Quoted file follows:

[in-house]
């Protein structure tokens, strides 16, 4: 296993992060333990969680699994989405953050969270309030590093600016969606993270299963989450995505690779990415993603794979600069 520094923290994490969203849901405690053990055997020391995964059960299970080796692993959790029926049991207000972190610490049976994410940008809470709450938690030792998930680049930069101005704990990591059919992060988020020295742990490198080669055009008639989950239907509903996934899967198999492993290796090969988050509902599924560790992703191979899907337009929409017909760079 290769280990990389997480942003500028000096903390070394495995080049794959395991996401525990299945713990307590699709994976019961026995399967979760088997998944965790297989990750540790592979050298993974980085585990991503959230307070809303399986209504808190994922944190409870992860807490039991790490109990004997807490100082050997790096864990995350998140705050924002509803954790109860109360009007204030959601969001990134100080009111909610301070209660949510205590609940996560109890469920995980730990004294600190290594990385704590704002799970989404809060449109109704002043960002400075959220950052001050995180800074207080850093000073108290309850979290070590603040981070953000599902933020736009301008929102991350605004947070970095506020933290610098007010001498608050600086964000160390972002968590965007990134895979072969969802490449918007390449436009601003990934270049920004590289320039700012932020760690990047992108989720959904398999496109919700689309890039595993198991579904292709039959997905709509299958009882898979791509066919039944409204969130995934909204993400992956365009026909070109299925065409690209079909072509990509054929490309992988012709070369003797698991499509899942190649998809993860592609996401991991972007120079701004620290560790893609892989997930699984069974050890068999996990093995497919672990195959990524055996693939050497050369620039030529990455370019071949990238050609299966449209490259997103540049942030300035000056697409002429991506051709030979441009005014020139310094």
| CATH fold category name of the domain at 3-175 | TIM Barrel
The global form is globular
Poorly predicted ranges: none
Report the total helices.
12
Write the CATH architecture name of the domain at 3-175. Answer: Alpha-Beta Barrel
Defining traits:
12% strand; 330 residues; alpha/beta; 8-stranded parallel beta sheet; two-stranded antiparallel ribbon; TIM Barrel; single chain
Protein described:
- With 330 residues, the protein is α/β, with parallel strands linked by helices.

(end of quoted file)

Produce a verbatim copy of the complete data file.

[in-house]
């Protein structure tokens, strides 16, 4: 296993992060333990969680699994989405953050969270309030590093600016969606993270299963989450995505690779990415993603794979600069 520094923290994490969203849901405690053990055997020391995964059960299970080796692993959790029926049991207000972190610490049976994410940008809470709450938690030792998930680049930069101005704990990591059919992060988020020295742990490198080669055009008639989950239907509903996934899967198999492993290796090969988050509902599924560790992703191979899907337009929409017909760079 290769280990990389997480942003500028000096903390070394495995080049794959395991996401525990299945713990307590699709994976019961026995399967979760088997998944965790297989990750540790592979050298993974980085585990991503959230307070809303399986209504808190994922944190409870992860807490039991790490109990004997807490100082050997790096864990995350998140705050924002509803954790109860109360009007204030959601969001990134100080009111909610301070209660949510205590609940996560109890469920995980730990004294600190290594990385704590704002799970989404809060449109109704002043960002400075959220950052001050995180800074207080850093000073108290309850979290070590603040981070953000599902933020736009301008929102991350605004947070970095506020933290610098007010001498608050600086964000160390972002968590965007990134895979072969969802490449918007390449436009601003990934270049920004590289320039700012932020760690990047992108989720959904398999496109919700689309890039595993198991579904292709039959997905709509299958009882898979791509066919039944409204969130995934909204993400992956365009026909070109299925065409690209079909072509990509054929490309992988012709070369003797698991499509899942190649998809993860592609996401991991972007120079701004620290560790893609892989997930699984069974050890068999996990093995497919672990195959990524055996693939050497050369620039030529990455370019071949990238050609299966449209490259997103540049942030300035000056697409002429991506051709030979441009005014020139310094």
| CATH fold category name of the domain at 3-175 | TIM Barrel
The global form is globular
Poorly predicted ranges: none
Report the total helices.
12
Write the CATH architecture name of the domain at 3-175. Answer: Alpha-Beta Barrel
Defining traits:
12% strand; 330 residues; alpha/beta; 8-stranded parallel beta sheet; two-stranded antiparallel ribbon; TIM Barrel; single chain
Protein described:
- With 330 residues, the protein is α/β, with parallel strands linked by helices.